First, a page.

• BRUCE F COLE says:

                  The cases are dissimilar on many levels, of course, not to mention the fact that she’s a judge and he’s not. It was a fucking joke about how Cannon’s mindset and Eastman’s are not at all dissimilar — as well as a side note to the poster at the top of the thread that a judge’s ability to consult with “experts” (or not) doesn’t mean said advice will be solid.

                  I wasn’t submitting the comment as a JD thesis proposal, for christsake.

                    • BRUCE F COLE says:

                      As noted below, “my bad.” I have an aversion to them that I’m working to overcome. And that’s not even a joke.

              • bmaz says:

                If you cannot tell the difference between a spurious civil case and a criminal prosecution, you are commenting, and frequently so, in the wrong place.

                • BRUCE F COLE says:

                  I would have thought my use of the word “pretrial” in the comment you chided me for was an indication of being able to tell that difference.

                  But if you’re suggesting that a judge who “spuriously” and flagrantly flouted both the US Code and the Code of Conduct for federal Judges during a civil proceeding can’t take that same predilection into subsequent criminal proceedings on the same case, I’d like to hear what the mechanism is that prevents that.

                  Of course there is a mechanism that may well be tempering her predilections, that being Chief Judge Pryor’s participation in the SM appeal slapdown which certainly put her on notice. Whether she’s able to excercise more than minimal restraint in that regard is an open question, though, imo.

            • David F. Snyder says:

              “Humor is not permitted.” — (an aphorism, heard from Robert Fripp (who doesn’t claim to be the source)). 😀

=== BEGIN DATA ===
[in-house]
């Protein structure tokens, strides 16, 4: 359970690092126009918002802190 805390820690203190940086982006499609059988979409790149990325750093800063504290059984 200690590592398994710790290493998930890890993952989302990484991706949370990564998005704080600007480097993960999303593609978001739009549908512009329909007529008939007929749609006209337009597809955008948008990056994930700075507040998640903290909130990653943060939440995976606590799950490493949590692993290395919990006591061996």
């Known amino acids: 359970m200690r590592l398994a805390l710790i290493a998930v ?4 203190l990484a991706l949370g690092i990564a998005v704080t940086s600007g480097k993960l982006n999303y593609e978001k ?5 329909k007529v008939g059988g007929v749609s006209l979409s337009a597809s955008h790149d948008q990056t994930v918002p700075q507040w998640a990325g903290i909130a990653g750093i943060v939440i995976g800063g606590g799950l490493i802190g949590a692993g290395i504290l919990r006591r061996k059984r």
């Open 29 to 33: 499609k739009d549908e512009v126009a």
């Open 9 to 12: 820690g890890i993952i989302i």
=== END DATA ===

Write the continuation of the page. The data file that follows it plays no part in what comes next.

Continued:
• gruntfuttock says:

                If you have seen Robert and Toyah’s Sunday lunches on youtube, you will know that Robert, despite his apparent seriosity, is actually no stranger to clowning about like a total idiot.

                I’ve also seen a lovely picture of him with David Sylvian in which he is laughing his tits off. I can’t find a link to it but it might be from one of their albums together.

                Humour is permitted but, presumably, within certain boundaries :-)

  3. earlofhuntingdon says:

    About those surveillance tapes, Trump has had them longer than the Feds, to whom he gave originals or a copy. Unlike the documents he stole, they are his property. If he wanted to review them, he’s had over a year to do it, to determine what might be incriminating or embarrassing, for example. I suppose most things are hard for a guy who can’t tie his shoes.

    And for a guy who claims to be a billionaire, and still pays what legal bills he pays through grift perpetrated on the rubes and stashed into his PACs, Trump seems unwilling to conduct or pay for his own defense. The purportedly voluminous discovery review wouldn’t be all that hard, if Trump weren’t intent on doing it himself. People make a good living doing exactly that.